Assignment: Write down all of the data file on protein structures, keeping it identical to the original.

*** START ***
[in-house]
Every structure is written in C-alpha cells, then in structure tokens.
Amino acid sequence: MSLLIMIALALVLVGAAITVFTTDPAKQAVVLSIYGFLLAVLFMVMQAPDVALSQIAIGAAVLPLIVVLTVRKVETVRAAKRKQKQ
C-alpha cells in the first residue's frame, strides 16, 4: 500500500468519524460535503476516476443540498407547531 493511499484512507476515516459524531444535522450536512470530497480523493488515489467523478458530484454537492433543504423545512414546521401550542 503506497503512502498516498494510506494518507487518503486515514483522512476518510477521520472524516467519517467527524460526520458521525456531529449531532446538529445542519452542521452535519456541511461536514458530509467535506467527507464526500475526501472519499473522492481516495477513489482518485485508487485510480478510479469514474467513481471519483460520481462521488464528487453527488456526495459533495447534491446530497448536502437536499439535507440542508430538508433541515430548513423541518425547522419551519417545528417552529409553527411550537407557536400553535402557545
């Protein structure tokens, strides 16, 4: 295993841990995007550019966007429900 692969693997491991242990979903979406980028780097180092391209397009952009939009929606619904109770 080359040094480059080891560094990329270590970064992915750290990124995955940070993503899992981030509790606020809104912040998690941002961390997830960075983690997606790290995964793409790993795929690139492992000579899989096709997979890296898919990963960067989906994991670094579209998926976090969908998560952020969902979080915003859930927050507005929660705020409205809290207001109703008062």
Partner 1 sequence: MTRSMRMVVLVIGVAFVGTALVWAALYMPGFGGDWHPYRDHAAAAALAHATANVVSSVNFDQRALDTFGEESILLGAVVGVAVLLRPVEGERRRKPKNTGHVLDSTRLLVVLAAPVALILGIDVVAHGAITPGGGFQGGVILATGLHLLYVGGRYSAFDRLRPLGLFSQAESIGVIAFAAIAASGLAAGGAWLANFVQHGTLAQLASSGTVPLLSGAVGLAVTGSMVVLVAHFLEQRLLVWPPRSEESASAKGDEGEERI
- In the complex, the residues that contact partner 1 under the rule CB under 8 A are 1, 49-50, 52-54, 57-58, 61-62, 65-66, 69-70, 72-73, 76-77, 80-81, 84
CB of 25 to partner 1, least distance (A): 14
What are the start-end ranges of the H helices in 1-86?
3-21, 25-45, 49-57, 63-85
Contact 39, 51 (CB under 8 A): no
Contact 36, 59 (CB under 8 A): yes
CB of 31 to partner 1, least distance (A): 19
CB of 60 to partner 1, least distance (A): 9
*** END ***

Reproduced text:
[in-house]
Every structure is written in C-alpha cells, then in structure tokens.
Amino acid sequence: MSLLIMIALALVLVGAAITVFTTDPAKQAVVLSIYGFLLAVLFMVMQAPDVALSQIAIGAAVLPLIVVLTVRKVETVRAAKRKQKQ
C-alpha cells in the first residue's frame, strides 16, 4: 500500500468519524460535503476516476443540498407547531 493511499484512507476515516459524531444535522450536512470530497480523493488515489467523478458530484454537492433543504423545512414546521401550542 503506497503512502498516498494510506494518507487518503486515514483522512476518510477521520472524516467519517467527524460526520458521525456531529449531532446538529445542519452542521452535519456541511461536514458530509467535506467527507464526500475526501472519499473522492481516495477513489482518485485508487485510480478510479469514474467513481471519483460520481462521488464528487453527488456526495459533495447534491446530497448536502437536499439535507440542508430538508433541515430548513423541518425547522419551519417545528417552529409553527411550537407557536400553535402557545
């Protein structure tokens, strides 16, 4: 295993841990995007550019966007429900 692969693997491991242990979903979406980028780097180092391209397009952009939009929606619904109770 080359040094480059080891560094990329270590970064992915750290990124995955940070993503899992981030509790606020809104912040998690941002961390997830960075983690997606790290995964793409790993795929690139492992000579899989096709997979890296898919990963960067989906994991670094579209998926976090969908998560952020969902979080915003859930927050507005929660705020409205809290207001109703008062």
Partner 1 sequence: MTRSMRMVVLVIGVAFVGTALVWAALYMPGFGGDWHPYRDHAAAAALAHATANVVSSVNFDQRALDTFGEESILLGAVVGVAVLLRPVEGERRRKPKNTGHVLDSTRLLVVLAAPVALILGIDVVAHGAITPGGGFQGGVILATGLHLLYVGGRYSAFDRLRPLGLFSQAESIGVIAFAAIAASGLAAGGAWLANFVQHGTLAQLASSGTVPLLSGAVGLAVTGSMVVLVAHFLEQRLLVWPPRSEESASAKGDEGEERI
- In the complex, the residues that contact partner 1 under the rule CB under 8 A are 1, 49-50, 52-54, 57-58, 61-62, 65-66, 69-70, 72-73, 76-77, 80-81, 84
CB of 25 to partner 1, least distance (A): 14
What are the start-end ranges of the H helices in 1-86?
3-21, 25-45, 49-57, 63-85
Contact 39, 51 (CB under 8 A): no
Contact 36, 59 (CB under 8 A): yes
CB of 31 to partner 1, least distance (A): 19
CB of 60 to partner 1, least distance (A): 9